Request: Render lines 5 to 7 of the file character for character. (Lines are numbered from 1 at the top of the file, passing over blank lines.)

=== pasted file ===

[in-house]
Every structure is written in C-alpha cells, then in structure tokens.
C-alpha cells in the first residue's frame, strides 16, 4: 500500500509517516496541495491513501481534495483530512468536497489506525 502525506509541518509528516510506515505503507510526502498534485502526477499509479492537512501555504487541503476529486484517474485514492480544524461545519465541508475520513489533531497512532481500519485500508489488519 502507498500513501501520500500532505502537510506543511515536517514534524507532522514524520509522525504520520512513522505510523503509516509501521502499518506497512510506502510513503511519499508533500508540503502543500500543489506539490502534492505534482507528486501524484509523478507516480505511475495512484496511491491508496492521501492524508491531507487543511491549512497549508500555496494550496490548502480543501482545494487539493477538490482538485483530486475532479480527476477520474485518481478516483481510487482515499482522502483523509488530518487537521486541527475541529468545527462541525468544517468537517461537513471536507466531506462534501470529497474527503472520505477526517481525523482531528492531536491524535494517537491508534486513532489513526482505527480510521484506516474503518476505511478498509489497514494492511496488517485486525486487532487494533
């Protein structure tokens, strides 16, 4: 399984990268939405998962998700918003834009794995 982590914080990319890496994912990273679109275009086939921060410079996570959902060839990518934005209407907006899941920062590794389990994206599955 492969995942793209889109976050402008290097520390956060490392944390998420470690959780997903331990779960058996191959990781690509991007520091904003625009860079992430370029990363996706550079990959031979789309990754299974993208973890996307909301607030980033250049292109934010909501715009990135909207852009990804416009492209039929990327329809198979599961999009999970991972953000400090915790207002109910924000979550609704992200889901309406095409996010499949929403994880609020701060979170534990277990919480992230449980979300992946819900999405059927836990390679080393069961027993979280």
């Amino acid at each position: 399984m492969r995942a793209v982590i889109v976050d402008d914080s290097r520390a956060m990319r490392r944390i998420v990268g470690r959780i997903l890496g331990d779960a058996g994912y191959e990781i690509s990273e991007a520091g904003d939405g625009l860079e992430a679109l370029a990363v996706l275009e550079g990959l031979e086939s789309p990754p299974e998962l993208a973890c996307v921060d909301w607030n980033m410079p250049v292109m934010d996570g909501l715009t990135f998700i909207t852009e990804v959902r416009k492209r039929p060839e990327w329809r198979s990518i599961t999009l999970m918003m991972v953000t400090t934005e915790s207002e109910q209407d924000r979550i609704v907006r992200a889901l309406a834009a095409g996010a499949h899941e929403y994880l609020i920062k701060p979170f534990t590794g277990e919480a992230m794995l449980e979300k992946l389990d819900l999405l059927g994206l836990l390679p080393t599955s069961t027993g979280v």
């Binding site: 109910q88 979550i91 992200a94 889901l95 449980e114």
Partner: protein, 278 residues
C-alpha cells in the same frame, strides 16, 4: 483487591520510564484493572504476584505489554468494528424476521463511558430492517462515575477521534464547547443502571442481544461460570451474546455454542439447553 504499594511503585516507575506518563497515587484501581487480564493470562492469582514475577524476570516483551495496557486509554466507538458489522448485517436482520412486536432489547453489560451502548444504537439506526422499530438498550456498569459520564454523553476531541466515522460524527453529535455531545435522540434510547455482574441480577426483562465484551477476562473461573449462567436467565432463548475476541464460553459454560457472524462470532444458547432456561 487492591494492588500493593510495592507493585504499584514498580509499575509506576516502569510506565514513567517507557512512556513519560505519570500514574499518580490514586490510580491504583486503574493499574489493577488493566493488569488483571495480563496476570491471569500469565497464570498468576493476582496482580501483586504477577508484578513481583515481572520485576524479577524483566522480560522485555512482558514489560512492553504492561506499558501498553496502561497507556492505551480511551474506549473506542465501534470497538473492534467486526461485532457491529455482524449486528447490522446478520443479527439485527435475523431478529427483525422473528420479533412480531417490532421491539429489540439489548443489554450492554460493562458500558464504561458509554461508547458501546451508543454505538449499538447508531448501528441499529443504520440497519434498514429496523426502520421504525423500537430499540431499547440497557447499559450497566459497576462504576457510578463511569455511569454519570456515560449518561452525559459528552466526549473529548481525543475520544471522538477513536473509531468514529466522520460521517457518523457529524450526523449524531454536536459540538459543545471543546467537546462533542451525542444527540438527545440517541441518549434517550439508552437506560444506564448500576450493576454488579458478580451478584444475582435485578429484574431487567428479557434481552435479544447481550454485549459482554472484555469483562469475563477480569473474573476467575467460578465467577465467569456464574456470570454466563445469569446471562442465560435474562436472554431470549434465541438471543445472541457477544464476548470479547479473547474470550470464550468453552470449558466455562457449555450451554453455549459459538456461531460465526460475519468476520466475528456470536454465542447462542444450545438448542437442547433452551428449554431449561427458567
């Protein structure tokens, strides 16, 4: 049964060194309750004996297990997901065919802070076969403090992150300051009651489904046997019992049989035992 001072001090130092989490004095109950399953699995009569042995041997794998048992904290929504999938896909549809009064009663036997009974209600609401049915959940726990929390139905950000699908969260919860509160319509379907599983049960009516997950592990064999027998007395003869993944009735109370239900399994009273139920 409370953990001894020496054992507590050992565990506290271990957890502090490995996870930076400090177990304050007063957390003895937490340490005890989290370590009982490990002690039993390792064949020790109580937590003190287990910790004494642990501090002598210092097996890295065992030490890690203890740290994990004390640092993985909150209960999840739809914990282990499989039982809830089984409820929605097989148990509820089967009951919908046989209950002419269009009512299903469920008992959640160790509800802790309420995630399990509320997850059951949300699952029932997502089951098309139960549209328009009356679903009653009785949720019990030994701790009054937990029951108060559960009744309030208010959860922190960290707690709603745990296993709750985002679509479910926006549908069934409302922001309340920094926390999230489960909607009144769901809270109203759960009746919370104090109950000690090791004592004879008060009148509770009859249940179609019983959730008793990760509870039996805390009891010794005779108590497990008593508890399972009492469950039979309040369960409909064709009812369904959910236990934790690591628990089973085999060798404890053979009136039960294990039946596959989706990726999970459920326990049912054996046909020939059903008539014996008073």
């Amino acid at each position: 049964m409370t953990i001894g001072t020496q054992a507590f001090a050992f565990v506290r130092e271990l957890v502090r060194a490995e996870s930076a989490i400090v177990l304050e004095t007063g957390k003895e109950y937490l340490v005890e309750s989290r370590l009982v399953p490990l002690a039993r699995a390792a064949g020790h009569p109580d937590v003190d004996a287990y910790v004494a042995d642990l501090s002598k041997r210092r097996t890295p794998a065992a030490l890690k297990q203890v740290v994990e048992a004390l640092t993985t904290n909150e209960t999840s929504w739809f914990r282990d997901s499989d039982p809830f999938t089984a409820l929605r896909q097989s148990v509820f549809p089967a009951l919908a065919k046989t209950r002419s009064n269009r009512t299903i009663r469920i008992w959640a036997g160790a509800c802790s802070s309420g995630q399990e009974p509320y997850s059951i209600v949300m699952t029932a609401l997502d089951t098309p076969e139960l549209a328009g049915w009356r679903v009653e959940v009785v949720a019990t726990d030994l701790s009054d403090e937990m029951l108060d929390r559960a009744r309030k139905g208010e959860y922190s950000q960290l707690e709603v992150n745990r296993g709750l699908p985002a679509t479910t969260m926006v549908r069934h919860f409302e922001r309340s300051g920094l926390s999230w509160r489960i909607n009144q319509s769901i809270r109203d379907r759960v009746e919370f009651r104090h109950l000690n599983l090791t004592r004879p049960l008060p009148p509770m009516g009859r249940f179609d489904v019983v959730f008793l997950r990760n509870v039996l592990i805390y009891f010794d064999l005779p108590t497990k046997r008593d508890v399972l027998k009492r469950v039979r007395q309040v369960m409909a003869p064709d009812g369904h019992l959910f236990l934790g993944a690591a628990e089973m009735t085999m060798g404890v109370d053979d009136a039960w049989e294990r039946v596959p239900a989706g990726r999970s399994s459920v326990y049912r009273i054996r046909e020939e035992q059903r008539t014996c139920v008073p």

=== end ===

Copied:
């Amino acid at each position: 399984m492969r995942a793209v982590i889109v976050d402008d914080s290097r520390a956060m990319r490392r944390i998420v990268g470690r959780i997903l890496g331990d779960a058996g994912y191959e990781i690509s990273e991007a520091g904003d939405g625009l860079e992430a679109l370029a990363v996706l275009e550079g990959l031979e086939s789309p990754p299974e998962l993208a973890c996307v921060d909301w607030n980033m410079p250049v292109m934010d996570g909501l715009t990135f998700i909207t852009e990804v959902r416009k492209r039929p060839e990327w329809r198979s990518i599961t999009l999970m918003m991972v953000t400090t934005e915790s207002e109910q209407d924000r979550i609704v907006r992200a889901l309406a834009a095409g996010a499949h899941e929403y994880l609020i920062k701060p979170f534990t590794g277990e919480a992230m794995l449980e979300k992946l389990d819900l999405l059927g994206l836990l390679p080393t599955s069961t027993g979280v």
């Binding site: 109910q88 979550i91 992200a94 889901l95 449980e114």
Partner: protein, 278 residues